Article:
|A Christian man chases a suspected Muslim Seleka officer in civilian |
clothes with a knife near the airport in Bangu.
Photo: AP Photo/Jerome Delay
A Crusade in Central Africa?
"All the meek shall inherit is a burial ditch
or the chains of slavery."
BANGUI, Central African Republic — Dozens of young men stood waiting for storm clouds to pass, as wind stirred up swirls of red dust on the largely deserted street in Central African Republic’s capital. Through the drizzle, they spotted a man in a flowing white robe traditionally worn by Muslims, hand-in-hand with his adolescent son.
The style of dress was enough to confirm that this was their enemy.
Hungry for revenge, the crowd descended upon the pair. The man’s terrified son broke away, and fled on foot, abandoning his father as the knife-wielding mob clutched the middle-aged man.
Muslim rebels known as Seleka overthrew the government of this majority Christian nation nine months ago, sparking mounting sectarian violence that prompted former colonizer France last week to deploy troops to Bangui in an effort to stop the bloodshed reports the New York Post.
In a city where more than 400 people died last week in two days of tit-for-tat violence between Christians and Muslims, it was clear Monday there is still enough pent-up rage left that a crowd will try to kill a man on sight.
The angry mob insisted their victim served as a general in the Muslim rebel movement accused of carrying out atrocities against the nation’s Christian population, including tying victims together and throwing them off bridges to drown. “Seleka! Seleka! Seleka!” screamed the men as they encircled the Muslim man in a tornado of anger.
In this case, French forces intervened just in time, firing into the air as a warning. “I am a merchant! I am a merchant!,” the man cried as the French pulled him away, his back covered in dirt and his gown ripped off. His tearful son came back, his white shirt covered in blood, and the French ferried them to safety.
Other Muslims were not as fortunate. In the Benzvi neighborhood, a mob descended upon two ex-Seleka leaders leaving their home Monday afternoon. One got away. The crowd took up the only weapons they had against the other, witnesses said.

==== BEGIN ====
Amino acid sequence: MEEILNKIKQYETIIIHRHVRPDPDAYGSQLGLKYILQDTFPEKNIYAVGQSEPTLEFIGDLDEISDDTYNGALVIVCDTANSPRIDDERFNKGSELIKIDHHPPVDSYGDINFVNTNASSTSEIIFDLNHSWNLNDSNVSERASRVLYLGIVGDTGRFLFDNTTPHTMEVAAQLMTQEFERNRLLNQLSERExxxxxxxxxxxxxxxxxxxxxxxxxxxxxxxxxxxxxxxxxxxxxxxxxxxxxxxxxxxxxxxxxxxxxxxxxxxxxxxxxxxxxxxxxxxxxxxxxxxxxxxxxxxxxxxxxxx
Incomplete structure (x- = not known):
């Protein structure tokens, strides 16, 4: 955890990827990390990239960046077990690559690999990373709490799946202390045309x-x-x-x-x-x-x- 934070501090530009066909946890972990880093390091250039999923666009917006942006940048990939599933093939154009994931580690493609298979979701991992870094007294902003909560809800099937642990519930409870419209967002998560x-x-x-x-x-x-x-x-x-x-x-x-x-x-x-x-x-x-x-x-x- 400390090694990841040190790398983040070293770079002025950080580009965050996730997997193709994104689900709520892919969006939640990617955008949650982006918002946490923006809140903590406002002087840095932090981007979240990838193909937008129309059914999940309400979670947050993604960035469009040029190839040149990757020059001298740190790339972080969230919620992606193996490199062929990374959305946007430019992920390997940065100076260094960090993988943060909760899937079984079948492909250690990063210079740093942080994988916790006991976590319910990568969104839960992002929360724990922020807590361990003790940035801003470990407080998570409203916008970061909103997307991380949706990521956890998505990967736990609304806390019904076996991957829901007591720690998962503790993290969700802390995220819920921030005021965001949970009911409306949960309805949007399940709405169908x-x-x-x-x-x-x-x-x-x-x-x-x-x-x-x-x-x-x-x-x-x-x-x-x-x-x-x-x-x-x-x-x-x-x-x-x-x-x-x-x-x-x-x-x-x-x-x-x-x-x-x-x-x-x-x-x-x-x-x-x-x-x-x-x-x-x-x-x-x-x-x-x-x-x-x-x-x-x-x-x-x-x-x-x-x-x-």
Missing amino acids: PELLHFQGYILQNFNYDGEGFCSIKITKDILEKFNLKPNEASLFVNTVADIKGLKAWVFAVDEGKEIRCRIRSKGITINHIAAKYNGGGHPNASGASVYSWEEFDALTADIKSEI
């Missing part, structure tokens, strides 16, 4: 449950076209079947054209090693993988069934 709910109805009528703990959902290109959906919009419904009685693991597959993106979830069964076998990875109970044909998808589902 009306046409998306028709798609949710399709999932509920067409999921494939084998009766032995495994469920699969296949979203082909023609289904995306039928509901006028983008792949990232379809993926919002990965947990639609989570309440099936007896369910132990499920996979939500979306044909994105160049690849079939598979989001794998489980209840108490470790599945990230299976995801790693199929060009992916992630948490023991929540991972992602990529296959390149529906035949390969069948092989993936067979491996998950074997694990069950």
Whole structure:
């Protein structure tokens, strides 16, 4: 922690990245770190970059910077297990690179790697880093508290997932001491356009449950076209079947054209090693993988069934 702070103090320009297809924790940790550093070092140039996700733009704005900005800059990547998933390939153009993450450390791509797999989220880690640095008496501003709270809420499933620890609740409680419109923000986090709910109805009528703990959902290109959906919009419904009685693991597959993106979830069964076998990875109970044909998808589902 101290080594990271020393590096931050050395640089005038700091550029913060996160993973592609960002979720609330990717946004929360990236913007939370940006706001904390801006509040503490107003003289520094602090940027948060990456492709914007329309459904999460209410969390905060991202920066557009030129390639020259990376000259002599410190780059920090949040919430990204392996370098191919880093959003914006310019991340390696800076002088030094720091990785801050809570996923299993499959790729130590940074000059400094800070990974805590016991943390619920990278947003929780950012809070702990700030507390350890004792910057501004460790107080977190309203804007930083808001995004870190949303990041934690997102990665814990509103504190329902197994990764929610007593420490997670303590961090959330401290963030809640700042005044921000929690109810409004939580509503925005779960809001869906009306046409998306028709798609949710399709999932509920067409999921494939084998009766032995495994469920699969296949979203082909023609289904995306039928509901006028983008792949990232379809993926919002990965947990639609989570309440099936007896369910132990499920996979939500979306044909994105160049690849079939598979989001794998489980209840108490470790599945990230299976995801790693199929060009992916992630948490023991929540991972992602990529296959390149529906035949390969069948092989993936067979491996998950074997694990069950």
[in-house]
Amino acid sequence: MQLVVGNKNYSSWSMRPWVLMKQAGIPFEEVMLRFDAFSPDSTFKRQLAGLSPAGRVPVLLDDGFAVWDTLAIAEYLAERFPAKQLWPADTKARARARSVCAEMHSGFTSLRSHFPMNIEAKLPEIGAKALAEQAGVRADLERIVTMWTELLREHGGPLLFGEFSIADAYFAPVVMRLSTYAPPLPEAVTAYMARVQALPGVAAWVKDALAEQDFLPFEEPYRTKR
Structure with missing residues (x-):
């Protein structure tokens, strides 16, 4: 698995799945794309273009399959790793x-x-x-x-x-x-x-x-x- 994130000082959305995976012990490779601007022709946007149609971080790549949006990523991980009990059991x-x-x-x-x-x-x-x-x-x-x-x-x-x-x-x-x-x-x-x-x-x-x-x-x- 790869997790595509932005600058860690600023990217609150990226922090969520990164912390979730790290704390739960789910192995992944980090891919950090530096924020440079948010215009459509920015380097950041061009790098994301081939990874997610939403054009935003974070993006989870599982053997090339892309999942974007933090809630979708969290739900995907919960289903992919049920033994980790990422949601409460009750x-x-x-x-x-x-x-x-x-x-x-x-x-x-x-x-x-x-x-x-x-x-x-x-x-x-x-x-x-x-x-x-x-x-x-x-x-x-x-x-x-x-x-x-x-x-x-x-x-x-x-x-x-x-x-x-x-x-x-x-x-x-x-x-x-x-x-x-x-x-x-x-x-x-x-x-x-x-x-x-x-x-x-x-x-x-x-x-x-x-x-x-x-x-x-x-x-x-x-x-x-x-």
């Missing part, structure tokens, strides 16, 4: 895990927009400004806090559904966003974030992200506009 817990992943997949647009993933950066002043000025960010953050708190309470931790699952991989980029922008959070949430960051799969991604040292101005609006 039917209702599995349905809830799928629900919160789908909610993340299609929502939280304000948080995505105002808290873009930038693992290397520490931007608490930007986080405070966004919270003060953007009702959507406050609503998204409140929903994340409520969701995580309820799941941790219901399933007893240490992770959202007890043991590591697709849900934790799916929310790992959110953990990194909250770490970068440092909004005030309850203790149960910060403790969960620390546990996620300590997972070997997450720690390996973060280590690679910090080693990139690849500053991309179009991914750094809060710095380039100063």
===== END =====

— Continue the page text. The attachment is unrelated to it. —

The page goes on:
“People picked up rocks from the ground and stoned him to death,” said Junior Dagdag, 28, pointing to the pool of blood and stones in the middle of the road, where the victim’s car burned and smoke plumed into the sky. “Some brought his body to the hospital while others set his car on fire.”
The latest round of violence began Thursday, when armed Christian fighters who oppose the ex-Seleka forces in power attacked the capital and were later repelled by the ex-rebels.
Already 1,600 French forces are on the ground. French helicopters buzzed overhead while dozens of military vehicles, including armored personnel carriers, snaked through neighborhoods where tensions ran high. French forces came under attack near the airport but the area was later secured.
President Michel Djotodia had demanded that the fighters who brought him to power remain in their barracks Monday so that French forces and African troops from a regional peacekeeping mission could secure the city. Fed-up Christians sought to enforce the law themselves, chasing anyone they suspected as being part of Seleka – even in civilian clothing – off of the streets.
Emmanuel Yakanga, 53, a Christian, said he walked by a group of Christians harassing some men they accused of being Seleka and that he understands their anger. Even as ex-Seleka elements promised to disarm and hand over their weapons to the French, Christian neighborhoods are coming under attack nightly, he said. Yakanga’s 17-year-old niece was fatally shot on Thursday, he said.
“This talk of disarmament is merely superficial. They’re just going to keep their weapons elsewhere,” Yakanga said of the ex-Seleka.